Often the most difficult aspect of divorce for the spouse of an alcoholic is facing the beast that the spouse has hidden so well. Alcoholism has been called the disease of denial. So often the alcoholic drinks because they are unhappy, and they become unhappier because they drink, and thus a downward spiral ensues.

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Common Mistakes Men Make After Divorce

For many men life after divorce can be a long climb up a steep hill under the best of circumstances, but men can make it easier for themselves, their children, and, yes, even their former wives, by sidestepping some of the common mistakes. According to experts, common pitfalls men fall into when their marriages end make the reconstruction of their lives more difficult.

> Dating Too Soon Makes for Trouble. According to psychologist Dr. Sam J. Buser of Houston, coauthor of The Guys-Only Guide to Getting Over Divorce, too many men seek out a new relationship before the debris of their failed marriage has settled. Many men rebound into new relationships — and sometimes new marriages — within the first year. “That’s no doubt the biggest mistake,” says Dr. Buser. Men often jump into dating because they’re lonely, vulnerable, and sad, and they’re looking for someone to help them feel better, says Dr. Buser. Some men become sexual athletes.

“I advise my patients to wait at least two years. I’ve never had a man take me up on that advice, but I do try to slow them down.” He also advises men to date casually at first. “Tell the woman you’ve just been through a tough divorce and that you’re not ready for a committed relationship,” he suggests. “Acknowledge that it is not the right time for that.”

Rebound relationships “do not often work out in the long run.”

> Self Imposed Isolation. Some men retreat into a shell after a breakup, especially if the former wife gets custody of the kids. Retreat and withdrawal worsen feelings of depression, guilt, and loneliness, and they become an amalgam of hopelessness and despair — a potentially dangerous mix.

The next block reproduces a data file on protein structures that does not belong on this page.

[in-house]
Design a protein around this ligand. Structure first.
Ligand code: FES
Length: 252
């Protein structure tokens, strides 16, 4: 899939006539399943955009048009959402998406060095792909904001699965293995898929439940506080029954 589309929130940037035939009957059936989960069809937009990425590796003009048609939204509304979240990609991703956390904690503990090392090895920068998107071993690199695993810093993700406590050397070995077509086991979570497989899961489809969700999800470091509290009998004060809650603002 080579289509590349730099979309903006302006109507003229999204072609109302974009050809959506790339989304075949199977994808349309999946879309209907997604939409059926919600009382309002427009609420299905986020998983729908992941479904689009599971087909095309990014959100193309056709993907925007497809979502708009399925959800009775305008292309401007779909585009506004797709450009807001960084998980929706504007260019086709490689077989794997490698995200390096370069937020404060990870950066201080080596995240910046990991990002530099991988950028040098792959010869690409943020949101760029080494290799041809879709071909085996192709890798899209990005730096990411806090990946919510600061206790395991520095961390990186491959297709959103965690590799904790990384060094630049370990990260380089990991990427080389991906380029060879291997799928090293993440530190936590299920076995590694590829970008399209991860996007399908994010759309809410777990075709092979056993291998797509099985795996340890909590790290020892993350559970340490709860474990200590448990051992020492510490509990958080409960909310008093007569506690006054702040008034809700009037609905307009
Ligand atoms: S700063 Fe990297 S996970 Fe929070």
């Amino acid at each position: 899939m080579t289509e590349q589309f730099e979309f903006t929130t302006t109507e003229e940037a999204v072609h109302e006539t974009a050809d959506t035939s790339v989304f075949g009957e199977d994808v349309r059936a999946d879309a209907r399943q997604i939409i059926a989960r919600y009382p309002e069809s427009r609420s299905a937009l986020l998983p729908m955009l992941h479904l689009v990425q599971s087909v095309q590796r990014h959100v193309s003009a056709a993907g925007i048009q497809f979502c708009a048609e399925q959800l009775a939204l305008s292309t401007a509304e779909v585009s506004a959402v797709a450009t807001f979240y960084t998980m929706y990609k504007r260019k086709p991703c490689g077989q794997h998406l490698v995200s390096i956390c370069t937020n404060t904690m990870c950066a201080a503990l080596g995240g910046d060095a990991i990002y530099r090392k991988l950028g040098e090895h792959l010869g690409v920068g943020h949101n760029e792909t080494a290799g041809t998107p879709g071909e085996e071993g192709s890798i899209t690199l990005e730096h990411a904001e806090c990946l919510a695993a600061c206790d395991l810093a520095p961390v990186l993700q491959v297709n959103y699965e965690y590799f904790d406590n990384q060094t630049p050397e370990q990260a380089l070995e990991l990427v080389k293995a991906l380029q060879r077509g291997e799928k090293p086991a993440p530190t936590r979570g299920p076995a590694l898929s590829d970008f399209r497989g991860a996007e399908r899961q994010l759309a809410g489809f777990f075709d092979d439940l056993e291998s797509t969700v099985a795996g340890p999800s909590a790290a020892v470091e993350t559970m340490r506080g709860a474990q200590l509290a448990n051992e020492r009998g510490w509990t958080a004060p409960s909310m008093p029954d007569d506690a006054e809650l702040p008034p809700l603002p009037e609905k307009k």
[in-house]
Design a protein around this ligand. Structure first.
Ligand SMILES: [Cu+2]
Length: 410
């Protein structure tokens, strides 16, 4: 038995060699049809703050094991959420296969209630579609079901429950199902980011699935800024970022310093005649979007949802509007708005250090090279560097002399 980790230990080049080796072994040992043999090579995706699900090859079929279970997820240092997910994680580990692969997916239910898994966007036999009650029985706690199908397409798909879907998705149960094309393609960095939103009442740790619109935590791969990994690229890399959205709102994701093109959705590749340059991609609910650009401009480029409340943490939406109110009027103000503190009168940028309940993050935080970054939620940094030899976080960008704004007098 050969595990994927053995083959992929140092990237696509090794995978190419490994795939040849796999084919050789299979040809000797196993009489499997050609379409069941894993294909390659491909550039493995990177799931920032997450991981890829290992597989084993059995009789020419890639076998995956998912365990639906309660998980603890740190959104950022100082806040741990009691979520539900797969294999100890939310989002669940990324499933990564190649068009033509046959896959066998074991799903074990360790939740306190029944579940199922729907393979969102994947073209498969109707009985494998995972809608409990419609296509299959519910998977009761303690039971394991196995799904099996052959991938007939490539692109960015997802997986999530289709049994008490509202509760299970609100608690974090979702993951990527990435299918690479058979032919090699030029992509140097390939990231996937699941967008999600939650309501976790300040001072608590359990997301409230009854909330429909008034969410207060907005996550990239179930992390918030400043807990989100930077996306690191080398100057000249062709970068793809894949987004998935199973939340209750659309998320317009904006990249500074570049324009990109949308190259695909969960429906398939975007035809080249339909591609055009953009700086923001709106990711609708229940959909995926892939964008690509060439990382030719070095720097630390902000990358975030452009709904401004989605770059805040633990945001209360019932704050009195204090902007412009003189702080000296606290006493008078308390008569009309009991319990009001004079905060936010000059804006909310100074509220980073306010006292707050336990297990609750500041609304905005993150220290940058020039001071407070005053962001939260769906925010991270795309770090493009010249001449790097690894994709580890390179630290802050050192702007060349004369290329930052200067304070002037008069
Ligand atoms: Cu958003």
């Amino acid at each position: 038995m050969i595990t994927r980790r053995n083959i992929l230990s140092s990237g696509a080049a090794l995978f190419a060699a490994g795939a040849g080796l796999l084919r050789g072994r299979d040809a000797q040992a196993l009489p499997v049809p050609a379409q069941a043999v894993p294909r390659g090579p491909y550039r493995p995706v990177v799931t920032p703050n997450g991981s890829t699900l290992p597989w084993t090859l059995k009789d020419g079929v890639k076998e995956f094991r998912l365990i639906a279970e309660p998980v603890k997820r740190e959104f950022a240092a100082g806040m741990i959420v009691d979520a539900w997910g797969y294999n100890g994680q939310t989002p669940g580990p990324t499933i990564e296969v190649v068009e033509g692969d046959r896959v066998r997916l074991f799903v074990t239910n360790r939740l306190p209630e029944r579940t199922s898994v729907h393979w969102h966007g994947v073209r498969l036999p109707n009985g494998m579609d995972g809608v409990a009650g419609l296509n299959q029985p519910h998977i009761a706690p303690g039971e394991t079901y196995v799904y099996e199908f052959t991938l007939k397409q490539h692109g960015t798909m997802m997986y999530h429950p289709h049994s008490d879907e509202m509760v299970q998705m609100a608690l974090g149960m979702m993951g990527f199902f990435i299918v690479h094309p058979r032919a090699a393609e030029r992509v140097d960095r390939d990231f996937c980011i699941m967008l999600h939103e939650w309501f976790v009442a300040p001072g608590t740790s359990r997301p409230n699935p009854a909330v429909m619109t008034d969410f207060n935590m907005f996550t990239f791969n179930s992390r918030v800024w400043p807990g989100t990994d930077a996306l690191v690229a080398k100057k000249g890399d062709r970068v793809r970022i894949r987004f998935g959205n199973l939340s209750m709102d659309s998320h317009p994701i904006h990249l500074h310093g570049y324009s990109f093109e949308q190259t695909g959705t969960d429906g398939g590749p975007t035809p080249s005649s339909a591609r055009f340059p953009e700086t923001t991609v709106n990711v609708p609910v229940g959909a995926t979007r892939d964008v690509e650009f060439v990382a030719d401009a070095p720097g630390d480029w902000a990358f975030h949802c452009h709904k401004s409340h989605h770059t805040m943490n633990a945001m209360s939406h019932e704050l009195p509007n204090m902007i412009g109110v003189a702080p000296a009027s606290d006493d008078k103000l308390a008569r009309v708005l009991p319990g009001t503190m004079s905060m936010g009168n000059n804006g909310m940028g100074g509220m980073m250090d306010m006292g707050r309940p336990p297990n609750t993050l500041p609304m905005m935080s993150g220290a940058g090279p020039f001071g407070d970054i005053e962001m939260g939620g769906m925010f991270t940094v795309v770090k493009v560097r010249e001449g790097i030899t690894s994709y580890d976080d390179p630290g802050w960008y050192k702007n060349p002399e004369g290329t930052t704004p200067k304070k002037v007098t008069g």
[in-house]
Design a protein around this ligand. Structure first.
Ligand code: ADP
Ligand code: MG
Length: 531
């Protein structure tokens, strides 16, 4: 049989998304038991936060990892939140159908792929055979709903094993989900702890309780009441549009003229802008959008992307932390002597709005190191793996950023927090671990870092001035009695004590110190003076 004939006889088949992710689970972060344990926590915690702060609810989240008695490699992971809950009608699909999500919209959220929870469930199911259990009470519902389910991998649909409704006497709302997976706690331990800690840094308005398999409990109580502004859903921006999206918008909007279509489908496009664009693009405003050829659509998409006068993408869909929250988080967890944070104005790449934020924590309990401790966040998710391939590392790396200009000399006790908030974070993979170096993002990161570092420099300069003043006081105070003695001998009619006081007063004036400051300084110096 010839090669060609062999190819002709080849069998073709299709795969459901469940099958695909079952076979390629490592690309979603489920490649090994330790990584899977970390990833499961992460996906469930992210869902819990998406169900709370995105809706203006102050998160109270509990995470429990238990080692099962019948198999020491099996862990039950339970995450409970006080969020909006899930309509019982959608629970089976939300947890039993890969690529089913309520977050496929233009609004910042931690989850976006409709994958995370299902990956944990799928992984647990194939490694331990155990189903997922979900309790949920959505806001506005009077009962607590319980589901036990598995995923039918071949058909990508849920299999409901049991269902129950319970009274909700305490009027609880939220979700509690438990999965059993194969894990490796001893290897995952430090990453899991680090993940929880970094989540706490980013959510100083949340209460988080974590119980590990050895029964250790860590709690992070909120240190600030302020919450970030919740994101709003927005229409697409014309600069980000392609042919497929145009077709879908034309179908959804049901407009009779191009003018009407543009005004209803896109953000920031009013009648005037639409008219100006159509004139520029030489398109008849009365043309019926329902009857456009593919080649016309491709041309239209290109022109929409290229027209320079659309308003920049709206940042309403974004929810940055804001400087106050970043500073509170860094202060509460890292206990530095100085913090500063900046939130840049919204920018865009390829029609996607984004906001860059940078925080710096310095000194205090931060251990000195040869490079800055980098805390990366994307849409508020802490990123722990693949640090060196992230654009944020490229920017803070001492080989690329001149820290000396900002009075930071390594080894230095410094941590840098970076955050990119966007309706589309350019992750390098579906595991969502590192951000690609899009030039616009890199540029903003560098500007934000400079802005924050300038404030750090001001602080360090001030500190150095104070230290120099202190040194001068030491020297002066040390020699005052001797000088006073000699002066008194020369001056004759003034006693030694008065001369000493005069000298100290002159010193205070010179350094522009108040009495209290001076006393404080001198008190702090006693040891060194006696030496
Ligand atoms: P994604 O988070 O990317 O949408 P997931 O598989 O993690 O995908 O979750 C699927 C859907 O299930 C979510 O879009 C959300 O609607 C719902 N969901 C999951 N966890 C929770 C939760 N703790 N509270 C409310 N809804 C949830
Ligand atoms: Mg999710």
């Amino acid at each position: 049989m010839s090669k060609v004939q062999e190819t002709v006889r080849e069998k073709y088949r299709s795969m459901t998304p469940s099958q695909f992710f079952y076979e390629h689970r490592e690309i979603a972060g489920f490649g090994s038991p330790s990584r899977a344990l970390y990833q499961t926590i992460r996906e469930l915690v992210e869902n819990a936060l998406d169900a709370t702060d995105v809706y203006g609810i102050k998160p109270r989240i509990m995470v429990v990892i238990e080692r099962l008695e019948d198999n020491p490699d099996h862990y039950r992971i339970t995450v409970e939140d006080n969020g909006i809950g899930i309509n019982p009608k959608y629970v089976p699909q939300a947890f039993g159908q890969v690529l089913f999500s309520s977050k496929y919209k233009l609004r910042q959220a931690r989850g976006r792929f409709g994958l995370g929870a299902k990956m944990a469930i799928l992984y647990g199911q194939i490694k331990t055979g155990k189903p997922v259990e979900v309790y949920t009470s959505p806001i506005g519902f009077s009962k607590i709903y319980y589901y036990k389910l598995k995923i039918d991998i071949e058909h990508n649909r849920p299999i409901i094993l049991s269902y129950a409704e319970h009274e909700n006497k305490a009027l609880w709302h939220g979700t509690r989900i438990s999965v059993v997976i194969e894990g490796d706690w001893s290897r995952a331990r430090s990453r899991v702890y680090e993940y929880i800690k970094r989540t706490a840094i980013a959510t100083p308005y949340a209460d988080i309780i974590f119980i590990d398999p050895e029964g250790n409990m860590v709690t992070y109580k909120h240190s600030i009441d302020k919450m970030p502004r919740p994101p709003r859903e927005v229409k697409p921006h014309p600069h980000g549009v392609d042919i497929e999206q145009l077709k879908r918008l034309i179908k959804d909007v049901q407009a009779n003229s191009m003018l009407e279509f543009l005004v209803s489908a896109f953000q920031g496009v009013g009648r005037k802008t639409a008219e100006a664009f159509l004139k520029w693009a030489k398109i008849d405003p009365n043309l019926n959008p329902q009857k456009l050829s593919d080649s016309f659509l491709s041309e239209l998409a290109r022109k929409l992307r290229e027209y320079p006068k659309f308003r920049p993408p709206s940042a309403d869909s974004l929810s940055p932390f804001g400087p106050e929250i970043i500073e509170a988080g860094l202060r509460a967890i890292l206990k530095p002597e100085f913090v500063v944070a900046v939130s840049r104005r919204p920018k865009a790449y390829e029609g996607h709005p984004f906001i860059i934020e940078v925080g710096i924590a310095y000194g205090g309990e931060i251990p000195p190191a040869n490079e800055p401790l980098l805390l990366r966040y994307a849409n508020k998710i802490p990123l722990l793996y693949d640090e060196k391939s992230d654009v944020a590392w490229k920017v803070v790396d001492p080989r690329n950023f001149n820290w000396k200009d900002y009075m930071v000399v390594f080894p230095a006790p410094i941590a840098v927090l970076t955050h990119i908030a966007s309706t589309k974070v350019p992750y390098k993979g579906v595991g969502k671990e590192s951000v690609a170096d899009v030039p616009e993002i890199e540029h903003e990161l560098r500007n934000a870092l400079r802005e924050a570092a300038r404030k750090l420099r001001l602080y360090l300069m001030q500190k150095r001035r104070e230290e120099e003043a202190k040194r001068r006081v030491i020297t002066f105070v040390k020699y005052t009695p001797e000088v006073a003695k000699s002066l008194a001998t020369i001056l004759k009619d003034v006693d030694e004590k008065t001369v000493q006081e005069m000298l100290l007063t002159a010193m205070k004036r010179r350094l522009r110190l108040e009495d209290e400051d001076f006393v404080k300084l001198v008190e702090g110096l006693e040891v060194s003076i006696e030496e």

Divorced men are also more prone to alcohol problems, so be careful of starting down that road. “You don’t have to drink every day to have a problem,” Buser says. “Drinking a six pack is a binge.” And divorced men are twice as likely to commit suicide as married men.

Dr. Buser advises reaching out to old friends and trying to make new ones. “Expand your social and professional network to avoid isolation.”

The aftermath of a divorce is great time to go back to school. Going to school keeps a person active, stimulates his mind, potentially advances his career, and gets him out of the house.

> Introducing A New Partner to Children Too Soon. This common misstep can be very hard on children.

A divorced man who has met someone special feels very good; however, his children may not share his enthusiasm.

“The last thing the kids want to see is parents getting involved with someone else,” says Dr. Gordon E. Finley, a psychologist who specializes in issues facing divorced men and an emeritus professor of psychology at Florida International University in Miami. “They are going to be unhappy. Date when you feel ready, but leave the kids out of it.” Dr. Buser concurs. “Focus on the other adult when starting a relationship,” he says. “She can meet the kids when you know you are serious.”

> Giving In to Hostility. Hard as it may be, a man should try to make peace with a former wife, particularly when children are involved.